What do you do if you’re stuck in Dayton’s past, bad guys are after you, and you need a place to hunker down until you can return to the twenty-first century? If you’re time-traveler Tony Solomon, you approach the problem logically, and go to the first hotel you think of that was there then – and is still there in the twenty-first century, and is still a hotel.
The obvious choice would be the Gibbons, now the Dayton Grand Hotel.
Initially named the Algonquin, the building was constructed in 1898, and helped establish Dayton as a place to do business, whether you’re visiting from across Ohio, or across the Atlantic Ocean. According to one newspaper, “People can no longer point to Dayton as a one-street city.”
The Algonquin made the news during the Great Flood of 1913, where some 250 people were trapped in the upper floors. They were better off than most people stranded by the 12-15 foot waters, for they had food and a relatively comfortable place to sleep.
Real estate developer Michael J. Gibbons bought the Algonquin in 1918, and changed its name to the Gibbons Hotel, which it remained until 1963, when it became the Dayton Inn. Either then or later, it became part of the Hilton properties, going through several names. It was the Doubletree from the late 90s until just a couple months ago. It’s now called the Dayton Grand Hotel.
Above is the hotel as it is today. The building next to it was the Post Office in the 1930’s. That building currently houses the Federal Bankruptcy Court. The parking lot, outlined in green, is accessible from Third Street by a narrow alley between the buildings, and plays a key role in Time’s Enemy.
Photos: Algonquin Hotel in 1904 via Dayton History Books Online, courtesy of the Library of Congress
1930s Postcard of the Gibbons Hotel via Etsy.com
Modern-day photos via Google Maps and Google Street View
For reference: Dayton History Books Online
Here’s a short excerpt from Time’s Enemy, in which Tony discovers that perhaps the Gibson wasn’t such a good place to hide after all.
Tony paced across his room at the Gibbons, the only downtown hotel he was aware of that still existed as such in his time, although it had a different name. He threw open the window and gazed over the parking lot, already darkened by the lengthening shadows of the buildings that surrounded it on three sides.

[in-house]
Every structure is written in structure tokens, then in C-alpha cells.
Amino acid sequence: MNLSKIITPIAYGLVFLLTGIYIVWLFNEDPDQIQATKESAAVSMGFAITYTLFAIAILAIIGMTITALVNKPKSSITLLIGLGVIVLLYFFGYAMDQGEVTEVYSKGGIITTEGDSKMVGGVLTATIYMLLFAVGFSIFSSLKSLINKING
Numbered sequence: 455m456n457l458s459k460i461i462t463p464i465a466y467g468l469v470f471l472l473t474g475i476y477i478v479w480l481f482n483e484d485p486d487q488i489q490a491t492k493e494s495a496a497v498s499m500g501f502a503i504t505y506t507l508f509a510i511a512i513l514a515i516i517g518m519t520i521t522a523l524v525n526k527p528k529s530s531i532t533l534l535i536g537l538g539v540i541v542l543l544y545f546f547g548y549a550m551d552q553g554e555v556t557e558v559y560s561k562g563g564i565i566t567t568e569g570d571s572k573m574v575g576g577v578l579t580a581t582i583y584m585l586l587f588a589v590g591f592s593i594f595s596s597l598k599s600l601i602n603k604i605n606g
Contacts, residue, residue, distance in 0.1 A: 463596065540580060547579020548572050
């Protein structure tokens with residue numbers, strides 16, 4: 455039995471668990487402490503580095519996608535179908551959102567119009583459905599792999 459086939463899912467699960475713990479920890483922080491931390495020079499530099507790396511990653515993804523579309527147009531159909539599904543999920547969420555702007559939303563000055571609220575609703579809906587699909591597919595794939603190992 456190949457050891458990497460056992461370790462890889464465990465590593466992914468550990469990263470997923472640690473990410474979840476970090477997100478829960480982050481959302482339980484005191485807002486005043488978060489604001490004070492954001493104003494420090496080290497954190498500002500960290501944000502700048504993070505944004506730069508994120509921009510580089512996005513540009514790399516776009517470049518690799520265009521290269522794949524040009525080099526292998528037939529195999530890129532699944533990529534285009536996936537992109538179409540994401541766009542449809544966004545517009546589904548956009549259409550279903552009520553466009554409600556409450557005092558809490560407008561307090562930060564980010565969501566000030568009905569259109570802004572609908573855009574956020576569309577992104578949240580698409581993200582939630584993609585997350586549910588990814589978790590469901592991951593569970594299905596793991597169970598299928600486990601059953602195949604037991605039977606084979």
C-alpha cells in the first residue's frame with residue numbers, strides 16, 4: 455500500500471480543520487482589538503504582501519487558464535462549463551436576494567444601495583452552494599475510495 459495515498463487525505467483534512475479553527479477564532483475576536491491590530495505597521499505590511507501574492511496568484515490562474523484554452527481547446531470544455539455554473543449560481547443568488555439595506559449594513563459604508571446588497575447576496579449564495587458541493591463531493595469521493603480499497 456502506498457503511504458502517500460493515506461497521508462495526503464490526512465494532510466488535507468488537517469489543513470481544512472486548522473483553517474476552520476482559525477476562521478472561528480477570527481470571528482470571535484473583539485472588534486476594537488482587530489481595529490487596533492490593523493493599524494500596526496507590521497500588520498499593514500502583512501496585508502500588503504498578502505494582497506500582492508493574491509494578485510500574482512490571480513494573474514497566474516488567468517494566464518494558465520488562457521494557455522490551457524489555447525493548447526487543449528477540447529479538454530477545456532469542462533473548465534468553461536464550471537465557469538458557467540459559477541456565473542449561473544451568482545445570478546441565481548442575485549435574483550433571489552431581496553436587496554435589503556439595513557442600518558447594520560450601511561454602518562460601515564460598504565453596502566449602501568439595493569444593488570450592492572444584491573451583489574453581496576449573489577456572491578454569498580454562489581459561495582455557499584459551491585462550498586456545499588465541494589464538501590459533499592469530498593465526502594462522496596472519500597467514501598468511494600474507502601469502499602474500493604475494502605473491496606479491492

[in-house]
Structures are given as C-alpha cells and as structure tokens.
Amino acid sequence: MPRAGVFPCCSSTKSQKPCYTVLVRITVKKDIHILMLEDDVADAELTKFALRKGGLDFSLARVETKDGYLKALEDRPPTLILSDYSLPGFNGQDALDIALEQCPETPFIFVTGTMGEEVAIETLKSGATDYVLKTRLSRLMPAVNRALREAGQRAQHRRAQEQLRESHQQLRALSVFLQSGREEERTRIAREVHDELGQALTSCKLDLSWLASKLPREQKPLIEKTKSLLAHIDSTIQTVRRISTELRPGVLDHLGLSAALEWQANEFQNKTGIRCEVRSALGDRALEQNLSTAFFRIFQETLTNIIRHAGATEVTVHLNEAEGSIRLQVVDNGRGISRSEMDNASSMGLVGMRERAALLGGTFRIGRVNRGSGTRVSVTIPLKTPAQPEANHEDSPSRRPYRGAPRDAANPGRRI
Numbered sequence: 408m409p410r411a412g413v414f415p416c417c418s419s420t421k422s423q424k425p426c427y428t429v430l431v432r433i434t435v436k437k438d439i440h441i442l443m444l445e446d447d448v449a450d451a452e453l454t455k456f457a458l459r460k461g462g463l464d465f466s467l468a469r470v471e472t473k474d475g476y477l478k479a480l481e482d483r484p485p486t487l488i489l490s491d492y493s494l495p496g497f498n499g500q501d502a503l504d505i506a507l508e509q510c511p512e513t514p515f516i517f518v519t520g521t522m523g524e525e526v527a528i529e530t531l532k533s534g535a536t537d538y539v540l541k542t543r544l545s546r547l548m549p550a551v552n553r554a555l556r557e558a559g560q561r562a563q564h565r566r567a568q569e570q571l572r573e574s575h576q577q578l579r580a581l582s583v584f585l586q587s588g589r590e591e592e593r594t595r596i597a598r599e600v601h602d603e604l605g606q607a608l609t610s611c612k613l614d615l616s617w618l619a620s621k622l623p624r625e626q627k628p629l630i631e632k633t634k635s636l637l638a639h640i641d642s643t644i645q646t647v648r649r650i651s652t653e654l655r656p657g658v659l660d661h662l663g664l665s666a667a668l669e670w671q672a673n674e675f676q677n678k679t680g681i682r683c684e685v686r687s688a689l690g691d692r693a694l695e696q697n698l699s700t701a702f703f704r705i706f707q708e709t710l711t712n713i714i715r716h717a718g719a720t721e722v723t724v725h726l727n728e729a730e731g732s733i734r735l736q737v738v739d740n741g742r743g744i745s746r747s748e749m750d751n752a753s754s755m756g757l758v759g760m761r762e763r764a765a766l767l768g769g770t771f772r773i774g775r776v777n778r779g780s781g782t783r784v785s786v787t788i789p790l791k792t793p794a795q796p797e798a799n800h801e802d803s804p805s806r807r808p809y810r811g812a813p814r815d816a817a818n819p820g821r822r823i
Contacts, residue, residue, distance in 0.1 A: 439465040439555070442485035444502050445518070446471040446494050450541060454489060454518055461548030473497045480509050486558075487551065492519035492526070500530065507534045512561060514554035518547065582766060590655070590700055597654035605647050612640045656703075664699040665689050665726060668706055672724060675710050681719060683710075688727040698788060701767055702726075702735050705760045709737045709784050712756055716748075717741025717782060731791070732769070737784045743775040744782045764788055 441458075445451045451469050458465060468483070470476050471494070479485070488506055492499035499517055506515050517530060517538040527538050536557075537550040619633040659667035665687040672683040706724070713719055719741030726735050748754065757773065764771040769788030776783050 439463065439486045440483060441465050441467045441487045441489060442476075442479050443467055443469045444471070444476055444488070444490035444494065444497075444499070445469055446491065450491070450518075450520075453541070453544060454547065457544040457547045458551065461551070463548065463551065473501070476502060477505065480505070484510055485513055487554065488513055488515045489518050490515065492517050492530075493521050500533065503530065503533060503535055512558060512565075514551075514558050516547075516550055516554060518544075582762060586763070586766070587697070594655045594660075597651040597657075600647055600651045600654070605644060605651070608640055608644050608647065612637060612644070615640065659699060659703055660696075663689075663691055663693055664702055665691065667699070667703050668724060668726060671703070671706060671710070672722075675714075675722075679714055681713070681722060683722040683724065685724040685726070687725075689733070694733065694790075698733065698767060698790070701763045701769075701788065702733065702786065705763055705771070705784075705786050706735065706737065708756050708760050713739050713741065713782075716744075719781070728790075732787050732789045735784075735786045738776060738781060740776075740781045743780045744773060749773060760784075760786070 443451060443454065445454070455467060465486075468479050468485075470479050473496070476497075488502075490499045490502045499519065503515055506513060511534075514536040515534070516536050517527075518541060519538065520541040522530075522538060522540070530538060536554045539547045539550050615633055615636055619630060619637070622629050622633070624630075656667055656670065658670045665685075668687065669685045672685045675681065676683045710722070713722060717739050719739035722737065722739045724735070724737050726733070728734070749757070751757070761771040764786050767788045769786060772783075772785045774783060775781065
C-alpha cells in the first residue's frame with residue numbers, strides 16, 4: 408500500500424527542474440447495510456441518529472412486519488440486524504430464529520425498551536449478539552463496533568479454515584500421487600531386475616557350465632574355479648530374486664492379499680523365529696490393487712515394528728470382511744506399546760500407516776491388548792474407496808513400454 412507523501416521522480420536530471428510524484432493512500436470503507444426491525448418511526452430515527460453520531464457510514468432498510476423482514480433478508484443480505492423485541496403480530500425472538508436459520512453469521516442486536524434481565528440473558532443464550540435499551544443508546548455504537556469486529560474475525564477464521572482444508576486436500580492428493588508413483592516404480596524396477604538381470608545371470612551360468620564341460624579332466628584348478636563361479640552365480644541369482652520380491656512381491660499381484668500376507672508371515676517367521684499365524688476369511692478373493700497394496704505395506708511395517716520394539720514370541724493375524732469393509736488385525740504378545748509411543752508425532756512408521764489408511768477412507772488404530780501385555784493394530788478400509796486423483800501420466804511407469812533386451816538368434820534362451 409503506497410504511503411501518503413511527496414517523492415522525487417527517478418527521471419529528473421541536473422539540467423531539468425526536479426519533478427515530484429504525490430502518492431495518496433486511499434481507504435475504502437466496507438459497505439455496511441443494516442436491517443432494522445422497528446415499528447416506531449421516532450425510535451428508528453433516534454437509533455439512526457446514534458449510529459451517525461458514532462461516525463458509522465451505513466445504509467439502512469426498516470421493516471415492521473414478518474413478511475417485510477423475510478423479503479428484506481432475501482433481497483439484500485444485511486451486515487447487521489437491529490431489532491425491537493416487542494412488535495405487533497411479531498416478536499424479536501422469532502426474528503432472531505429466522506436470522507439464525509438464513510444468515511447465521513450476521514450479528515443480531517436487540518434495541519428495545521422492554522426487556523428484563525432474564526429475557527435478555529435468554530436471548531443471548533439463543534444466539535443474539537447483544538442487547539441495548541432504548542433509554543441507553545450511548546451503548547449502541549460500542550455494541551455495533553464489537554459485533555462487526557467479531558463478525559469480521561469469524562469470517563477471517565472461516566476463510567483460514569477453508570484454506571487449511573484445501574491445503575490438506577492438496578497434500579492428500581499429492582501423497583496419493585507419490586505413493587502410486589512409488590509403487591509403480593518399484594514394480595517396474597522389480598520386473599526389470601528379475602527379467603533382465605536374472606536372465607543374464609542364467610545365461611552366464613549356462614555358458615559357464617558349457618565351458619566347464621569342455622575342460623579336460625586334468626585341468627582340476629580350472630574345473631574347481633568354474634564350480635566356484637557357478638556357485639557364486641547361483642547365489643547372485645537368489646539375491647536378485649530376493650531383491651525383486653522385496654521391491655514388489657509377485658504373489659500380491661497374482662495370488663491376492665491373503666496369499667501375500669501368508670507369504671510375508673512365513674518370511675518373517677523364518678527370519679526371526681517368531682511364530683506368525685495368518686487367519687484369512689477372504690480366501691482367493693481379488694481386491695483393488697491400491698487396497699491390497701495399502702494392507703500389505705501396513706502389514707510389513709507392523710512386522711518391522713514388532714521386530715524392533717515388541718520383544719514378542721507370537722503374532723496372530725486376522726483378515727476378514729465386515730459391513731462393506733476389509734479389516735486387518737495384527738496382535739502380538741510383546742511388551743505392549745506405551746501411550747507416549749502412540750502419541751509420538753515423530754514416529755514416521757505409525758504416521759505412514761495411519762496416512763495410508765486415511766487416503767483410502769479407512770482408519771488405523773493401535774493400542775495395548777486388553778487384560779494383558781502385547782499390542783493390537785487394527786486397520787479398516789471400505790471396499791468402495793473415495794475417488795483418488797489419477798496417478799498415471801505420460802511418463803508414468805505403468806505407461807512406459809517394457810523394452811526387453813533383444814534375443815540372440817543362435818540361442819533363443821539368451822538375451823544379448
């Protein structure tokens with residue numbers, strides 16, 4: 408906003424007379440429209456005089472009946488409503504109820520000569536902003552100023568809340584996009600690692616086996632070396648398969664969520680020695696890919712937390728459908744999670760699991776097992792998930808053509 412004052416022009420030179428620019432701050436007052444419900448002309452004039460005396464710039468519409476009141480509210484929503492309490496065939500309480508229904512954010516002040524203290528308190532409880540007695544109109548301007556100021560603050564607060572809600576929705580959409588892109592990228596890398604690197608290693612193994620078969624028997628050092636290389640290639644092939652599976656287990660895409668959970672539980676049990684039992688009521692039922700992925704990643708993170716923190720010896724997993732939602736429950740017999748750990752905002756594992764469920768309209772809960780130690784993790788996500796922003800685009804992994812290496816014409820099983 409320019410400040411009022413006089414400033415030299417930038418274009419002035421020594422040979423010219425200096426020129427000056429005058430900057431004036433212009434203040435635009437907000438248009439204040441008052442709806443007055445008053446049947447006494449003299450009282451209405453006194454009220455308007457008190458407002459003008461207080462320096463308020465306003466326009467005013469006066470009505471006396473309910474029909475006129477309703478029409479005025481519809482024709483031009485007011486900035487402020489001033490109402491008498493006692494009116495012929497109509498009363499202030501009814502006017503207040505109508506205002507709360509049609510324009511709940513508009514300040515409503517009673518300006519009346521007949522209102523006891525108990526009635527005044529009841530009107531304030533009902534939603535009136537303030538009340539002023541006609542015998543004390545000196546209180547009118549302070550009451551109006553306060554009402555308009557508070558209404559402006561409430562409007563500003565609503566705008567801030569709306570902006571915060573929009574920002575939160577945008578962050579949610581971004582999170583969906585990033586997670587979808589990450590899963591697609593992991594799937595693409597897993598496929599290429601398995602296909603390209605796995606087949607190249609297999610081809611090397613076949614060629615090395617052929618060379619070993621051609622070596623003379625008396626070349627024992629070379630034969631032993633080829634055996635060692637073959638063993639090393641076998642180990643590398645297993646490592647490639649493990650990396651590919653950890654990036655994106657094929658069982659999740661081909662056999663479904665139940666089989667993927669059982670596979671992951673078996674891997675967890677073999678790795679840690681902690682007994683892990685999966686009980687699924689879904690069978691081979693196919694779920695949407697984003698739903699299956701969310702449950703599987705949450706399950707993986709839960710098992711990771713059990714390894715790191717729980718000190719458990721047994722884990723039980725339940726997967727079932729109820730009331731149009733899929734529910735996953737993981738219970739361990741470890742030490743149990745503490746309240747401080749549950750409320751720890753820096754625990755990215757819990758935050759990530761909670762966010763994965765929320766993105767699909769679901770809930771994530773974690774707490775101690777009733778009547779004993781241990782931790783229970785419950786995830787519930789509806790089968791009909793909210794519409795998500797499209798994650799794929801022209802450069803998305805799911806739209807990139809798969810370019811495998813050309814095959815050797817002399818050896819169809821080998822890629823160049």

He’d blundered around for hours after he left Charlotte, then took in a movie, something about a lion tamer. He sat through it twice—not because it was good, but because it had enough action to take the edge of his mind off Charlotte.
He paced to the door, then back to the window again. What was he thinking? He was a man who led through knowledge and order. A man who rearranged the magazines on people’s coffee tables. Not the kind of guy who threw a punch without thinking. Or at all, for that matter.
Never mind that it had felt damn good.
Through Charlotte, he’d discovered his heart wasn’t dead, and he could still feel excitement, anticipation and wonder. She was the first woman he’d found remotely interesting since Dora’s defection.
The woman who had the answer he needed but wouldn’t give it to him. Hopelessness settled over him like a new fallen snow. In his quest for knowledge, he’d failed. Was the one thing he wanted—his daughter’s life—too much to ask?
He sat and took off his shoes. If he got extra sleep, maybe the mental energy he needed to bring on the pull would build sooner.
He peered around the room. Bed, dresser, nightstand. Not much different than any of those he’d stayed in on his many travels, other than the absence of a TV and phone. And quiet. At his request, the desk clerk had given him a luxury room with a private bath on the sixth floor. There were no other guests in the wing.
It would be an adequate place to live—exist—until the pull returned him to the twenty-first century. Hopefully, the room would be unoccupied in his time. After he warped, he’d check into the modern-day hotel, then crash.
He wandered back toward the door when someone knocked.
“Yes?” What the hell did someone want this late?
“Room service,” a man in the hallway called.
“I didn’t order anything.” Tony hoped the intruder heard the irritation in his response.
“It says Room 639 right here on the order… Open faced beef sandwich with mashed potatoes, green beans, apple pie…”
Hmmm, that sounded good. Tony hadn’t eaten since breakfast, hadn’t been hungry, but eating might also speed the renewal of his mental energy. Better take them up on it, even if he didn’t order the dinner. He yanked the door open.
The black man in the hallway wore a white server’s uniform, but his hands were empty. Tony glanced down the hall in both directions. Where was the cart? “Where’s the food?”
“My apologies, Mr. Solomon, but I need to talk to you—”
Tony glowered at the man. “Who are you and what do you want?” Something about him struck Tony as familiar.
“My name is Theodore Pippin.”
Fear shot an icy tentacle down Tony’s throat. He couldn’t move. Moisture trickled down his back beneath his undershirt. God, how could he be so stupid? Charlotte and his failure had clouded his mind so much he’d forgotten all about the Saturn Society’s threat.
His stupor snapped. He shoved the door, but he man blocked it with his foot. “I’m with an organization called the Saturn Society… perhaps you’ve heard of us?”
“Yeah, and I’m not interested.” Tony leaned against the door, trying to dislodge Pippin’s foot. “Get out—”
“I’m afraid it’s not that simple, Mr. Solomon. Now if I could come in, we could discuss this like gentlemen…”
“There’s nothing to discuss.” Not with the man who’d been lauded for subduing more time-criminals than any other Society member in known history. Tony leaned harder against the door, but Pippin’s foot held. “Get out of here, or I’ll—” Somewhere outside, a woman shouted. He glanced at the window. Big mistake. Pippin took the opportunity to wedge himself through the door.